BC’s Vaccine Passport to Privacy Concerns

The implementation of the proof of vaccination requirement to access certain non-essential events, services and businesses has inevitably raised privacy concerns. Since September 13, a person must show a vaccine passport and a valid government ID to participate in indoor activities at movie theatres, indoor sports events and concerts, restaurants, gyms and more.

The act of balancing public health and individual rights to privacy is clearly a difficult one, but this situation presents a good opportunity for businesses to consider and review their privacy policies and obligations in light of the new mandate.  


The Personal Information Protection and Electronic Documents Act, or PIPA, is the piece of legislation governing how private sector organizations in British Columbia collect, use and disclose personal information in the course of their business.

PIPA defines “personal information” as information that identifies an individual, whether directly or indirectly alongside other pieces of information. An individual’s vaccination status is health information, which along with their ID, constitutes protected personal information.

Businesses must develop compliant policies and practices to protect their customers’ personal information and privacy, including the collection process itself, a process to respond to complaints and a means of making information available when requested.


Businesses should make clear what personal information is collected, how it is collected, and why it is collected. For proof of vaccination, the only information that should be collected is the customer’s vaccine status (through the passport) and a check of their government ID – and no more.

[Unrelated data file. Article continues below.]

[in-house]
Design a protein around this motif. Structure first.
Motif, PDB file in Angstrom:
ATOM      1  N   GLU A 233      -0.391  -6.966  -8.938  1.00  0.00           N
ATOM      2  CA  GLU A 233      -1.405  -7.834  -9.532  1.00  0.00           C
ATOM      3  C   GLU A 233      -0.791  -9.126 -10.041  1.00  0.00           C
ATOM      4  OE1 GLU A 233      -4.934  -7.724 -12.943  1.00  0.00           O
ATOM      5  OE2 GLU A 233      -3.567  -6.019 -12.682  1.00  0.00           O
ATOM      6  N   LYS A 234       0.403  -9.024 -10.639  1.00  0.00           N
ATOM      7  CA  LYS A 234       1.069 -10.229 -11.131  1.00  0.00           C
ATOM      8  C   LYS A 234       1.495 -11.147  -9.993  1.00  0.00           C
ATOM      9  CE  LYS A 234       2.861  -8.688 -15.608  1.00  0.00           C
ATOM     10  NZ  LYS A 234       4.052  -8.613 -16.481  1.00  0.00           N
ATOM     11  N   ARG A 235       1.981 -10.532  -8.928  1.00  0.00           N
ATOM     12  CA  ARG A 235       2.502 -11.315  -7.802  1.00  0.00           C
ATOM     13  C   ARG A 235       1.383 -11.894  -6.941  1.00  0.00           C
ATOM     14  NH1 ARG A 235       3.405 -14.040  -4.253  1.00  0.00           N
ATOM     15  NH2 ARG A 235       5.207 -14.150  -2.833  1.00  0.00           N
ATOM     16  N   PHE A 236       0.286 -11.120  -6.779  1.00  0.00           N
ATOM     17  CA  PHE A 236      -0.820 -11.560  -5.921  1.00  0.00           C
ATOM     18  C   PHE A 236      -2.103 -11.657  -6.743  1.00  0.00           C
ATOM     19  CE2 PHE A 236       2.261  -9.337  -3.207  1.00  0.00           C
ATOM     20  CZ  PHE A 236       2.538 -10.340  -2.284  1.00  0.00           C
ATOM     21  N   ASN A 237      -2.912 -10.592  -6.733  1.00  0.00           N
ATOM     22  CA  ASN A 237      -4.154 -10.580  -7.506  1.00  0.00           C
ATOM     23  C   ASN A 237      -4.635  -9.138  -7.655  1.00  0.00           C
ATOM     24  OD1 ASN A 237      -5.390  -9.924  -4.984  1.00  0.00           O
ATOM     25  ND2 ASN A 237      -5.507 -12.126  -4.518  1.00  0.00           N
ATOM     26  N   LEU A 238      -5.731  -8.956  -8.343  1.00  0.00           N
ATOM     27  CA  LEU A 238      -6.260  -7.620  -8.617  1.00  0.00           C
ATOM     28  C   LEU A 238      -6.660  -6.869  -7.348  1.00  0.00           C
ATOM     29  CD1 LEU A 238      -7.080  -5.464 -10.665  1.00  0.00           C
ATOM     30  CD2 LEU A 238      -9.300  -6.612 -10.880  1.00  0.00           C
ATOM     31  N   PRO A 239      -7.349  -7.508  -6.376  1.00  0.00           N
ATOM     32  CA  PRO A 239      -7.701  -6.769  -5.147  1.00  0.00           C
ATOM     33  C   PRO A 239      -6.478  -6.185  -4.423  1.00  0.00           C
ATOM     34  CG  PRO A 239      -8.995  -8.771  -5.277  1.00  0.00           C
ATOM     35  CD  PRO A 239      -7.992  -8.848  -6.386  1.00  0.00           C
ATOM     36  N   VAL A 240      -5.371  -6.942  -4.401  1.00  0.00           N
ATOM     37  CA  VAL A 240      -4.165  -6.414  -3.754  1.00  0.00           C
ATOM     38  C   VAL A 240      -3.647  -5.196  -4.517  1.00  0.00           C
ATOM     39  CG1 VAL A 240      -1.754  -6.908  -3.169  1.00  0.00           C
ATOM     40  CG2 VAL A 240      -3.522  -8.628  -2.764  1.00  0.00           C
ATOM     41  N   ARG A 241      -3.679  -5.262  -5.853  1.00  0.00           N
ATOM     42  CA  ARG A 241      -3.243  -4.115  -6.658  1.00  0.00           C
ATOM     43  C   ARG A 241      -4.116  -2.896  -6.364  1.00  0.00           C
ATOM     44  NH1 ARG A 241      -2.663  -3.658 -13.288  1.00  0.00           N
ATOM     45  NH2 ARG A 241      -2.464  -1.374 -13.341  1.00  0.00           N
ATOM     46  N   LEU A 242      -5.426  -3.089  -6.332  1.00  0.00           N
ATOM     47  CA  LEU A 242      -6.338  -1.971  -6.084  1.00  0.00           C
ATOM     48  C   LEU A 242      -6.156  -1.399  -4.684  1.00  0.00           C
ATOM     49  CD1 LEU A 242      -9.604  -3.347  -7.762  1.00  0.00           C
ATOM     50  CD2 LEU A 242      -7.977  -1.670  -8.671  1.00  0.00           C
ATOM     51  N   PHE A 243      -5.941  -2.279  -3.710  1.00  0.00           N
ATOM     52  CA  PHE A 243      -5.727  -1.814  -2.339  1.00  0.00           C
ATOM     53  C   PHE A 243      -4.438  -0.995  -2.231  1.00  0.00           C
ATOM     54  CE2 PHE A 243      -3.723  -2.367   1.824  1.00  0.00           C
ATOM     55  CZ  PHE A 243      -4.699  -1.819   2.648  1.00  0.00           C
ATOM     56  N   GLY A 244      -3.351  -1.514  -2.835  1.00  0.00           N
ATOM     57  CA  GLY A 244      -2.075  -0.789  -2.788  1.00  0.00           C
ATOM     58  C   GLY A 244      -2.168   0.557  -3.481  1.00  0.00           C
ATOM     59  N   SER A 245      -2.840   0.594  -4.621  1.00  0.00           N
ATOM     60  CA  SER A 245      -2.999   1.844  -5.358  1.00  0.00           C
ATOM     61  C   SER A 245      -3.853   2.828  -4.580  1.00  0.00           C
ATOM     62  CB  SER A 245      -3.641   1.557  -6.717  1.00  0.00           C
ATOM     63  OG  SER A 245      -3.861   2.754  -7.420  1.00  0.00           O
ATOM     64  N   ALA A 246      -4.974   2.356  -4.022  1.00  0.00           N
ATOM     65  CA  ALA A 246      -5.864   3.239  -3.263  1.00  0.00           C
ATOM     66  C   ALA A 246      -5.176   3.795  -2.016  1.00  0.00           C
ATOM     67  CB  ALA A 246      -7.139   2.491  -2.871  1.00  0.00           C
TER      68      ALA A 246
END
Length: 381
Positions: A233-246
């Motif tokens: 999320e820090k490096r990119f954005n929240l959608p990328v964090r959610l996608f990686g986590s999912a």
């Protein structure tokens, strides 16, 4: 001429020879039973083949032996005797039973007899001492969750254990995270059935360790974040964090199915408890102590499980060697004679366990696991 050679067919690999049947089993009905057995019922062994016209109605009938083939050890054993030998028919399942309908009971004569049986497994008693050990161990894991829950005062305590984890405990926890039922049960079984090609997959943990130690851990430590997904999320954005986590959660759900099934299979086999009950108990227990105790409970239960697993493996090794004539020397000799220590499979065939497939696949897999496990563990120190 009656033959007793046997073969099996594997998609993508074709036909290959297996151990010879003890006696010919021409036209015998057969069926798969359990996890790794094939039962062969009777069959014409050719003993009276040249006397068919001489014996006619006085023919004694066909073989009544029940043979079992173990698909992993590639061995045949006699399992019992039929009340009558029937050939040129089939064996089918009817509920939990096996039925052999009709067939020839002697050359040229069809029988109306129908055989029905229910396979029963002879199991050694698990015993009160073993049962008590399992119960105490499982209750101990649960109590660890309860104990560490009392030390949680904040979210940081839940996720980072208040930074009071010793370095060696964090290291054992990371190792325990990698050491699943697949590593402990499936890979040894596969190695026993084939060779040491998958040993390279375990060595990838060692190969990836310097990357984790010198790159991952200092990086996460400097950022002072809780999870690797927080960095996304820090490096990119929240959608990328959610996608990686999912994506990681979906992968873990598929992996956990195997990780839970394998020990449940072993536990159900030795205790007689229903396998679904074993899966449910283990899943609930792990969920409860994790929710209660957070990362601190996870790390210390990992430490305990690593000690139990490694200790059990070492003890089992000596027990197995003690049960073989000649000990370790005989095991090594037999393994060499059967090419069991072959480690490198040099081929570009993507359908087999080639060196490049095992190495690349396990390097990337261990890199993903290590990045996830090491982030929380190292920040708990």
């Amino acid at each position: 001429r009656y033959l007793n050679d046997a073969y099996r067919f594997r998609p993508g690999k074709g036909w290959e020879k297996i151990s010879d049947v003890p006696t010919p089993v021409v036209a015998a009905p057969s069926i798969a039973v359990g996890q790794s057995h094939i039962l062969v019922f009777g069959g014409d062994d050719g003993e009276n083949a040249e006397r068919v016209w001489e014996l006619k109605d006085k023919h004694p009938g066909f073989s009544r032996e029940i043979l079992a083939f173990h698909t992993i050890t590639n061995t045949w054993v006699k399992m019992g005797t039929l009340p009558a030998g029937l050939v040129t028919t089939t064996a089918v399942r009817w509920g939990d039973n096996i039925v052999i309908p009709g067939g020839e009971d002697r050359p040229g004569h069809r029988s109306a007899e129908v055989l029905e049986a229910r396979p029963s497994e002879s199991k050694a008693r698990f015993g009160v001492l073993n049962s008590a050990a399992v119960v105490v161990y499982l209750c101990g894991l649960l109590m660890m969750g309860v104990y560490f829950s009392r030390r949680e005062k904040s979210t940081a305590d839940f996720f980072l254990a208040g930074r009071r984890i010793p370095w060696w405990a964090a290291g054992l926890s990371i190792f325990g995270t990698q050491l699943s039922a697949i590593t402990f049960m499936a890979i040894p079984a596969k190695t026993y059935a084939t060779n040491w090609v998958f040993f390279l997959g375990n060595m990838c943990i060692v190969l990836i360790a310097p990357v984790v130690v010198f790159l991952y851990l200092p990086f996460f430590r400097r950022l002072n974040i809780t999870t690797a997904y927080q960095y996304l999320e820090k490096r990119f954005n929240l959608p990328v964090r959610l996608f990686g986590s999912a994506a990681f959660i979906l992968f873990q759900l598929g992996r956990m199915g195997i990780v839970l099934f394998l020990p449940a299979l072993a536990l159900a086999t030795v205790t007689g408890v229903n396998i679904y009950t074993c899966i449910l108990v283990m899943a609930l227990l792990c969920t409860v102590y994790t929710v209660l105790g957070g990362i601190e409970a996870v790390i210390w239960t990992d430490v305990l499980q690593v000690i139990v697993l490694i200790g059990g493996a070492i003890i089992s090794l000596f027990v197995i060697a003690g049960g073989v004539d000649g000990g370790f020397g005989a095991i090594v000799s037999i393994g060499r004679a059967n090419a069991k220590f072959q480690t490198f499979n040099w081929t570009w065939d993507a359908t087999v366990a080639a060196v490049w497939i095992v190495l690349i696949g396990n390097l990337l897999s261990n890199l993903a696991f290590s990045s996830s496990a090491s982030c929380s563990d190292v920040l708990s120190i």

PIPA makes clear that a business should collect only as much information as is necessary to fulfill a reasonable purpose and should only use such information for that purpose – whether that is compliance with public health orders, reducing transmission, or ensuring the safety of staff and other customers. The business’s purpose for collecting, using and, if applicable, disclosing personal information should be i) reasonable (i.e. a reasonable person would consider it appropriate in the circumstances) and also ii) clearly communicated to customers. Collecting limited information in accordance with public health orders is likely a reasonable purpose, but that purpose must be clearly communicated to customers when requesting the information.

Obtaining consent to collect, use and/or disclose personal information is also a requirement under PIPA. However, if a customer does not consent to the collection of their vaccination status, the business will not be able to provide them full access to the service. Businesses could consider how to provide services to those who are not vaccinated, cannot provide proof of vaccination, or do not consent to the collection of their immunization status. For example, restaurants could offer takeout or delivery service, and gyms could offer virtual or at-home personal training.


Businesses should also make clear how personal information is used, where and whether it is stored, and whether it will be destroyed. You may consider the possibility of simply asking to view the customer’s vaccine passport and ID, without retaining any records. However, storage of information on vaccination status could be subject to further governmental guidelines – health authorities may ask businesses to keep a record for statistical purposes. The bottom line is information should only be kept for as long as is necessary to fulfil a particular reasonable purpose and must be stored in a secure location.